COLUMBUS (WCMH) — Silence from Columbus police officers is costing the city tens of thousands of dollars.

That’s according to special prosecutor Kathleen Garber, hired last year to investigate officer conduct during the summer protests.

Garber was initially hired on a contract not to exceed $15,000. That amount was raised to $30,000 in January. The city council voted Monday for another increase to $80,000.

Garber, who said she was unaware of the increase until she saw media reports the next day, said the investigation is taking longer than expected.

“Due to lack of cooperation, we haven’t been able to get the information we need to conclude these investigations,” Garber said. “I don’t think anyone envisioned that the investigation aspect of this would take so long.”

Based on videos reviewed by Garber and retired FBI Agent Rick Wozniak, another outside hire by the Columbus City Attorney’s office, she believes some officers committed misdemeanors during clashes with protesters.

So far, Garber said, she’s been unable to identify the officers because their colleagues are refusing to participate in interviews as witnesses. She said the lack of participation is the direct cause of the city’s mounting legal bill.

According to the Department of Public Safety, 55 out of 60 officers approached for interviews declined. None of those officers were the focus of a criminal investigation.

“Originally, everyone said no,” Garber said. “Rick was able to interview a handful of them, after I gave them, in writing, assurances that we would not file any charges against them if they were willing to answer.”

Garber said she obtained permission from the Columbus Police Department to offer immunity from departmental discipline to those who participated, and created an internal website for police officers to submit information anonymously. Officers still aren’t talking.

“It does not matter that the criminal entity or the investigator — what they’re telling you,” said Brian Steel, vice-president of the Fraternal Order of Police Capital City Lodge 9. “It’s what the citizen believes and at this time, these officers are citizens. They’re protected under the U.S. Constitution like anybody else, and they’re electing not to participate in a criminal interview.”

Steel said the union is only advising officers to seek guidance from an attorney. The attorneys, according to Steel, are paid for by the FOP’s legal defense fund.

“The elephant in the room is everybody knows there was no crimes committed,” Steel said. “This is a, this is a politically motivated investigation.”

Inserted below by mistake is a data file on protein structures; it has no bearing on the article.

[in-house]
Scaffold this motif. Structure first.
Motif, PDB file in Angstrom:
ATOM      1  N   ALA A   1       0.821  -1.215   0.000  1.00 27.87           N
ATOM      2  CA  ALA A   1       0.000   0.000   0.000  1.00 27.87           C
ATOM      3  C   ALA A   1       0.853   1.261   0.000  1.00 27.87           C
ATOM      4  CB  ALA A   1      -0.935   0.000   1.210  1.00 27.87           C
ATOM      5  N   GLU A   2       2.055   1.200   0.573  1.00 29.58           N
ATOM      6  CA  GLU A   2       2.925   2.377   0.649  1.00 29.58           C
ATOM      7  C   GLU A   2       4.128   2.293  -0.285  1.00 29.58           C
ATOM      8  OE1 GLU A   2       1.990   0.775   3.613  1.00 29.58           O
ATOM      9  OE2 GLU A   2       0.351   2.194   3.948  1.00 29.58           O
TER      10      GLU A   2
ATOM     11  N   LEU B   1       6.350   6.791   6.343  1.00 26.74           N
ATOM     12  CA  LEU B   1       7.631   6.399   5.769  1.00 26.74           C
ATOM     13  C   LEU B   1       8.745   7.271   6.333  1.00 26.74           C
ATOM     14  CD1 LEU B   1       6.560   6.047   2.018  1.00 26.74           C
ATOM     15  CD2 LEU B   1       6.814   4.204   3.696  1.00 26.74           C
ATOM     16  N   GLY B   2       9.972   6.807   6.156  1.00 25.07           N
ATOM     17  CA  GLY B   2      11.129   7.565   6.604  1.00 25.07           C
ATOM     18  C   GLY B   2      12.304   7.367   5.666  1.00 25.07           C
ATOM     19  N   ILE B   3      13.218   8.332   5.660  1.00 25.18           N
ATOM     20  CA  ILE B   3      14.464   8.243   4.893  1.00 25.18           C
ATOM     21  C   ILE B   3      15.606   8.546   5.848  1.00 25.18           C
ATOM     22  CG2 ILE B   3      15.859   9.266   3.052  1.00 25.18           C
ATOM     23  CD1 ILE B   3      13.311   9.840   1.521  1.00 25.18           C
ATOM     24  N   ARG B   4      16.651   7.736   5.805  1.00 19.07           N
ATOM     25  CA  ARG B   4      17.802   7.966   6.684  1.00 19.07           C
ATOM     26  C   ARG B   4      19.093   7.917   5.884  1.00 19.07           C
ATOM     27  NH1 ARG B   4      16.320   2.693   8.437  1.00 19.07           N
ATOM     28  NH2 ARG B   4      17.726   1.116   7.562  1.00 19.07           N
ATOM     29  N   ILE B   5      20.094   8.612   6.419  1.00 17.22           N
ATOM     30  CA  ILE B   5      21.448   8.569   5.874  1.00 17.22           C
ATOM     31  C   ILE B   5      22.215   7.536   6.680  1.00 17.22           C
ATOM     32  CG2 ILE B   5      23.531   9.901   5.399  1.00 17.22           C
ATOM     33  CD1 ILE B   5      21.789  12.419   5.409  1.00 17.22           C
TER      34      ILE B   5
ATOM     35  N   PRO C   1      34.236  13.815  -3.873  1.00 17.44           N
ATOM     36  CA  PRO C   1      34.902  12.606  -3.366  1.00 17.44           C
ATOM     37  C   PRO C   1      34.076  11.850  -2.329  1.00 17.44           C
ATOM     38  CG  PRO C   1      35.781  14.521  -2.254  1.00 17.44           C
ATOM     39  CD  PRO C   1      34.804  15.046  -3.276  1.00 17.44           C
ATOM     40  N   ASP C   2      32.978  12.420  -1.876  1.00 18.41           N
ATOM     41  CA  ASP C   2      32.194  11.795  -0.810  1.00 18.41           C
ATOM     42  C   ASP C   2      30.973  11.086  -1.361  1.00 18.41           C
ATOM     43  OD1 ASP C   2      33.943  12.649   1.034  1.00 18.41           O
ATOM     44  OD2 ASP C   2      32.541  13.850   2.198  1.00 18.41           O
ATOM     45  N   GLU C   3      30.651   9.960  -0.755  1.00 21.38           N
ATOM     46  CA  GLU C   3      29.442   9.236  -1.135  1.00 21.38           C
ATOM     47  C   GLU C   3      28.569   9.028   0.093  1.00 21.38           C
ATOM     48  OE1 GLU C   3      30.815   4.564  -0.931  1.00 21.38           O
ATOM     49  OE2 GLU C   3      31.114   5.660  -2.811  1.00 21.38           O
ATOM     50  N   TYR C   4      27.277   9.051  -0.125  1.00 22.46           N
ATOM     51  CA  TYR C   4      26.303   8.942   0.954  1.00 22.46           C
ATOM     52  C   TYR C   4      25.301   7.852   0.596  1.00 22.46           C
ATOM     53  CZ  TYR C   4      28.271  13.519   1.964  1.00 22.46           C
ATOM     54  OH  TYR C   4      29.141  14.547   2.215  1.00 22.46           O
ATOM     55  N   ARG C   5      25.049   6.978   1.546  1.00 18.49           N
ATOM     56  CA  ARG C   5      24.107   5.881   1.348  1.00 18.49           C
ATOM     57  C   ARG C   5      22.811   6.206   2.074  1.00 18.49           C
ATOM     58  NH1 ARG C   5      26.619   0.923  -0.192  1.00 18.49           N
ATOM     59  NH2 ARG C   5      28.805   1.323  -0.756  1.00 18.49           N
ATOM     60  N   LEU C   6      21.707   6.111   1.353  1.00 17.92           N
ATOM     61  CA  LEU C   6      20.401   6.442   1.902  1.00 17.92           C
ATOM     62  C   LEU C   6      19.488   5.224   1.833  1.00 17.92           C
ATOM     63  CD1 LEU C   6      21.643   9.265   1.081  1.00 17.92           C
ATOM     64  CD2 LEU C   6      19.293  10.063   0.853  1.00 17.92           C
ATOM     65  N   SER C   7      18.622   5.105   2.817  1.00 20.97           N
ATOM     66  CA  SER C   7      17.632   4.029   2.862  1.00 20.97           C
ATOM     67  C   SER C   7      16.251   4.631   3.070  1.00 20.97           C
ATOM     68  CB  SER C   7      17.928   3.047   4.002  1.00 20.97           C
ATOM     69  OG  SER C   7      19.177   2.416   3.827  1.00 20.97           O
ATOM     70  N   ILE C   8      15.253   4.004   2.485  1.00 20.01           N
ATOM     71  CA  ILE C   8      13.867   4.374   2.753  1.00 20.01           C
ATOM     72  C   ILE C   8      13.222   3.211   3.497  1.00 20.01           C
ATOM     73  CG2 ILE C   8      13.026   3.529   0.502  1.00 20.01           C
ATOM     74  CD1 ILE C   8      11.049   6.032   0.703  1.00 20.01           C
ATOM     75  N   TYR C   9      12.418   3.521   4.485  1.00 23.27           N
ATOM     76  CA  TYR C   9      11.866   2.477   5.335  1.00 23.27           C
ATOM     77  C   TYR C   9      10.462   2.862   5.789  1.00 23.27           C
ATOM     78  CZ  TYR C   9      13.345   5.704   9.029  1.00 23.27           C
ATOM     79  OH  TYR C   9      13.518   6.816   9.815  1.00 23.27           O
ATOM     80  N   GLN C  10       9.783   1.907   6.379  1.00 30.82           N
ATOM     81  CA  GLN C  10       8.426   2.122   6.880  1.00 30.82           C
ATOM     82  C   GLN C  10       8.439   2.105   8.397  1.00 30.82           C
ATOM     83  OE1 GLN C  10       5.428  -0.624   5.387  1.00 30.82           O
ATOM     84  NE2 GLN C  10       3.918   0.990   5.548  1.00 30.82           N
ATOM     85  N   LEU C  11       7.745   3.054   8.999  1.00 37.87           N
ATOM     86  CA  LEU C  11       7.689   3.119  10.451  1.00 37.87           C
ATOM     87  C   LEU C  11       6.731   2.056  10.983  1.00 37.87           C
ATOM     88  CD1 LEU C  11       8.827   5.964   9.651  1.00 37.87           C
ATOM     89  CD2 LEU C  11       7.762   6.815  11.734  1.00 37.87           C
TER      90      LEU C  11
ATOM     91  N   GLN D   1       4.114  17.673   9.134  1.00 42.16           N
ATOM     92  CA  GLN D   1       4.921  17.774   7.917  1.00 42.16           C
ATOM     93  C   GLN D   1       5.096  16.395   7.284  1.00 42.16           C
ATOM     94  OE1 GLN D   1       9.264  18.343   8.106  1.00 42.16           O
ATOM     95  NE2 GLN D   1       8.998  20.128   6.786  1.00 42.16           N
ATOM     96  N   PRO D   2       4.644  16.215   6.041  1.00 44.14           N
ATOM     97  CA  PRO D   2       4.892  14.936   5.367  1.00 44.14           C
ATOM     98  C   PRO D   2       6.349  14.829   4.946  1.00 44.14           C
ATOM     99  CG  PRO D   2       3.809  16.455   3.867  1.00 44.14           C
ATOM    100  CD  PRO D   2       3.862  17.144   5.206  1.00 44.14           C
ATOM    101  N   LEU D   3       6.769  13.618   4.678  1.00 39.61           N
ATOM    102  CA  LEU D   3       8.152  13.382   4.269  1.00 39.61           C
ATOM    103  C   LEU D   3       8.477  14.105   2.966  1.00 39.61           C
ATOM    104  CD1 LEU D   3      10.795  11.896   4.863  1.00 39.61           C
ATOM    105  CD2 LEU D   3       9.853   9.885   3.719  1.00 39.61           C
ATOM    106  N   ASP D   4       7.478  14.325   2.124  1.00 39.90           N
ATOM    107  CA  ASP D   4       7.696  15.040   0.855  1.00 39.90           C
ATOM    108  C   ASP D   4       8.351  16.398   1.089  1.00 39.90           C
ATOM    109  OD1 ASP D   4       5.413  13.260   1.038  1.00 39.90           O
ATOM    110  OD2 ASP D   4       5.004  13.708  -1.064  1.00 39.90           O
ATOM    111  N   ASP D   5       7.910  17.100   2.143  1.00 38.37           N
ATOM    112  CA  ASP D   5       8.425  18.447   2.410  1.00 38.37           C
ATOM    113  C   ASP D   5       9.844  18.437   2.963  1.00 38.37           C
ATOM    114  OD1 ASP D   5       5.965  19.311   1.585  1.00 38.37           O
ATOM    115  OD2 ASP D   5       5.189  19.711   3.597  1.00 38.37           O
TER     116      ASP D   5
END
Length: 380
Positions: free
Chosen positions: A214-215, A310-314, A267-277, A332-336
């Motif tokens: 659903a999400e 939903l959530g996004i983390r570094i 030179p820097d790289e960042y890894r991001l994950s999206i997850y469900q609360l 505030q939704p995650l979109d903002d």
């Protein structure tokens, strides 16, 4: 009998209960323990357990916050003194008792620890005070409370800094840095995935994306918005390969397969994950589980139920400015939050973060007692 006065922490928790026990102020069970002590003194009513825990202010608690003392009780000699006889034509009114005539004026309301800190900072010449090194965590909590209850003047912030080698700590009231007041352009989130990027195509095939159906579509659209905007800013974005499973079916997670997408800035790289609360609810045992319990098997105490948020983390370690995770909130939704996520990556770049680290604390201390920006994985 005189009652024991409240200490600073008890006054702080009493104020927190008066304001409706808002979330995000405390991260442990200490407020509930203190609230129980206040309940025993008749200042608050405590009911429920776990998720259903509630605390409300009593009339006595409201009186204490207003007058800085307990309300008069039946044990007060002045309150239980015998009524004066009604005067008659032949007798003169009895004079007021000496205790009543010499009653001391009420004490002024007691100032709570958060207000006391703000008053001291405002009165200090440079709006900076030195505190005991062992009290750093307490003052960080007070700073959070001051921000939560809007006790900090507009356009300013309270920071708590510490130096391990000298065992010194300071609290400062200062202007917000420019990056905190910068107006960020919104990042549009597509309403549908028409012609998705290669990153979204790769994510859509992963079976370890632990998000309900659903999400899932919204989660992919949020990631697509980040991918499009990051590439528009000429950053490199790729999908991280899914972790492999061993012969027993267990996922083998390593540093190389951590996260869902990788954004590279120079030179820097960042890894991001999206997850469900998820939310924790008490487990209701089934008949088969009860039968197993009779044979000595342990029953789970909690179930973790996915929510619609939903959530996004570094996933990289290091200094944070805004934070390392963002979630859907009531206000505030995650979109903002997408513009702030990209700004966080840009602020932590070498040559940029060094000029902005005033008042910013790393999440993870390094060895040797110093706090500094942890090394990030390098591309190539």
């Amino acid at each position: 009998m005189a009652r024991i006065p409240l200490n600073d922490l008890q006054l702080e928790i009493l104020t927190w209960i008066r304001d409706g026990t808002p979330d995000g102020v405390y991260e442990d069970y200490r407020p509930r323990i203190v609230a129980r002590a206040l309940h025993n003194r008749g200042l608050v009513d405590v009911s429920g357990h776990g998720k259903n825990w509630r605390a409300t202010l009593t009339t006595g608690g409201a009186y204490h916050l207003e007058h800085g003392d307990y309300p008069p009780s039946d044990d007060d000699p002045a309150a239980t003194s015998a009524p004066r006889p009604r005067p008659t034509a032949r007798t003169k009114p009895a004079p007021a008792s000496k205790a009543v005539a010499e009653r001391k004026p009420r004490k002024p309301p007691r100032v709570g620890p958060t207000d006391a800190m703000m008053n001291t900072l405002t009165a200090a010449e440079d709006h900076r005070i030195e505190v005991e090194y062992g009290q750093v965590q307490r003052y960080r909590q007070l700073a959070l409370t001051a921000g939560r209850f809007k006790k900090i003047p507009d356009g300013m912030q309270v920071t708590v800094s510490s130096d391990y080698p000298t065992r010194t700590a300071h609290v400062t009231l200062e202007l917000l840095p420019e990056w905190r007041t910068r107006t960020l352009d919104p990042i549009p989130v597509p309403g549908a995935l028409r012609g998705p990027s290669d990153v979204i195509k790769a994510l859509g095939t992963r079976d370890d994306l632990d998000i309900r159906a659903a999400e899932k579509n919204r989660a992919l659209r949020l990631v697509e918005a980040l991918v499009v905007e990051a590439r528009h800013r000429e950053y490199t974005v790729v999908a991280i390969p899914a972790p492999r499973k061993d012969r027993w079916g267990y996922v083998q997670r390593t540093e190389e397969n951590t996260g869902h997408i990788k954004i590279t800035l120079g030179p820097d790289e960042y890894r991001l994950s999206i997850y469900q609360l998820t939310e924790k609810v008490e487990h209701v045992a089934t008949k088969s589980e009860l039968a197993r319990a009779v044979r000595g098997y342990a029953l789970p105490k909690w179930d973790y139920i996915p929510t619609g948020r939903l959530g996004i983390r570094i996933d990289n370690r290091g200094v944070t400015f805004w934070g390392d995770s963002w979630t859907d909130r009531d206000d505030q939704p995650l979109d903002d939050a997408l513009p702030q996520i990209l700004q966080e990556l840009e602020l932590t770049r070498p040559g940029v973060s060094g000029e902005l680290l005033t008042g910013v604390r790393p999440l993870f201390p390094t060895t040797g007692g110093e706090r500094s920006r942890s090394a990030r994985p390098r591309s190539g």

When asked if he feels the investigation is necessary, Steel replied, “Absolutely not. It’s not necessary. If there’s misconduct, there’s a tried and true practice and we have an Internal Affairs Division, we have a special standards division, or professional integrity division.”

“The department, that has officers potentially being charged, shouldn’t be tasked with investigating their own people,” Garber said. “That needs to be done independently in order for it to be a fair and transparent investigation.”

Wozniak last month issued orders compelling six officers to be interviewed as witnesses. The outcome of those orders is still pending, Garber said, because five of the officers sued to prevent the investigators from interviewing them.

To maintain her independence, Garber said she has not spoken with Mayor Andrew Ginther or members of the Columbus City Council. She did, however, say officers who she’s worked with in the past have reached out to her in apparent attempts to influence the investigation.

“I don’t want to go too much into that,” Garber said. “We’ve been told multiple times that, you know, we’re being used by the city and that they would like us to figure out a way to handle these complaints without filing charges.”

Garber said no one has tried to coerce or bribe her.

“There’s a lot of talk that — we’re being told we don’t have the whole story, and that we’re just getting the city’s side,” Garber said. “But each time that we try to question officers to get that information, you know, we’re hitting a wall.”

A spokesperson for the City Attorney’s office said in an email that the office supports Garber’s continued efforts to seek answers.